What will happen on the day of my driving test?

What will happen on the day of my practical driving test? On the day of your test you will arrive at your designated test centre 10 minutes before your test. If it has a car park then you will be required to reverse bay park into an allocated space with your instructor. You will then sit in a waiting room until your name is called by your selected examiner. Make use of the toilet when you get there as an empty bladder is better when taking a test as it makes you feel more comfortable. Have the car key and your driving license ready to show the examiner when you are called over. When your name is called, you will be required to sign the insurance declaration at the top of the test paper. You will also be asked if you want your instructor to accompany you on the test. They will not be able to do anything or say anything during the test, but for some it is reassurance and helps them understand where they may have gone wrong if they have not passed. You will then lead the way to your car. On the way to the car the examiner will ask you to read a number plate from 20 metres away.

They may also ask you a tell me question on the way to the car. The examiner will check over the car and make some notes whilst you get yourself comfy. The test will last between 30-40 minutes and will include a section of independent driving either satnav orientated or by following the signs to a destination, directed driving, one of your manoeuvres, Possible emergency stop, pulling in and pulling away safely, show me questions ​ At the end of the test your examiner will spend a few moments finalising the exam paper.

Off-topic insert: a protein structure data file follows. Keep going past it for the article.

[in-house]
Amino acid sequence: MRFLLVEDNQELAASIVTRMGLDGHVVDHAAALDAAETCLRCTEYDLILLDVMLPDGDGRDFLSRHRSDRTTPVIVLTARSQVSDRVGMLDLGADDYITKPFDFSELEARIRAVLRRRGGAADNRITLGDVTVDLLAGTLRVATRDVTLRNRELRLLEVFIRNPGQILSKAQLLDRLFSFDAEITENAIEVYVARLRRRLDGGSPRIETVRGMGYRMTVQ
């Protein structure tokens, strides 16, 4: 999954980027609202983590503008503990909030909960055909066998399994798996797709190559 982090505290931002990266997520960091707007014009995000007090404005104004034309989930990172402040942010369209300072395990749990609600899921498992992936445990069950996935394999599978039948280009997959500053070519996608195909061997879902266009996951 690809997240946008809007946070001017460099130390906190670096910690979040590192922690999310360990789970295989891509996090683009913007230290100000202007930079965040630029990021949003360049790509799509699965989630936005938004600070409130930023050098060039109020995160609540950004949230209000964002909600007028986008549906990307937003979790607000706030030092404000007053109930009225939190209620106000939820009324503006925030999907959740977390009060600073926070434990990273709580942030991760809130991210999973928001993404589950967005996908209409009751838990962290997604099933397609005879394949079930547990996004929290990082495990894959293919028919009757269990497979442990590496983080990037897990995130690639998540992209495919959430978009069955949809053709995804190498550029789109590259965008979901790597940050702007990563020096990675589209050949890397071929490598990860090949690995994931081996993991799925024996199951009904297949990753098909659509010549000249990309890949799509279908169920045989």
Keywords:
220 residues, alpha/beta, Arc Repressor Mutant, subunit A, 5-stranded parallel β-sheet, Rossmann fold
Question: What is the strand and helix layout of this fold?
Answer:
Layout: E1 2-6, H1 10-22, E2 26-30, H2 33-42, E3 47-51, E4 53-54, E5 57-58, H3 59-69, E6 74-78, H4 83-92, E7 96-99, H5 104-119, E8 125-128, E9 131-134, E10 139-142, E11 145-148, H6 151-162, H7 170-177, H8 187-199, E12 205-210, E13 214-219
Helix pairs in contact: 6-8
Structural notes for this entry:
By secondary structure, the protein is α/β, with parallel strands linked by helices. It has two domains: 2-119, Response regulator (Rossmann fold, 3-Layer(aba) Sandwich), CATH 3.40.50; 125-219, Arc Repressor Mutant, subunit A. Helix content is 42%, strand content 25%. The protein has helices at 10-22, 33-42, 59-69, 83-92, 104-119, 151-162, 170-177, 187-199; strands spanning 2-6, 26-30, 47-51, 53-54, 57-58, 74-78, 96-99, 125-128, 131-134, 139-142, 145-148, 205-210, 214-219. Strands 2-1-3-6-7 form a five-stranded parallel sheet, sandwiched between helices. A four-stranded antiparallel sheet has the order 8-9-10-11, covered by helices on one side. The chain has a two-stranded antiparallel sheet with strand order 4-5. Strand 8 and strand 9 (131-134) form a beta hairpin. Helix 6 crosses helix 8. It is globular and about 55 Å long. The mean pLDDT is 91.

They will then present you with the result and give you some feedback. You will be asked if you wish your instructor to be with you during the feedback which can be constructive and help you look at where you may have gone wrong and what you may need to improve on.

Tips CONVERSATION Nerves can destroy a test. Stay focused, believe in yourself, Worrying can distract you. Giving up because you have made a mistake will either mean a poor score at the end you may not have failed or will give the wrong impression to the examiner who may not think you are ready. You don’t have to talk to the examiner during your test, but conversation can break the ice. Just remember to be polite, and pause any conversation when you need to focus. Take your time when completing your manoeuvre. Rushing can cause mistakes, and gives you less time to observe and react. 

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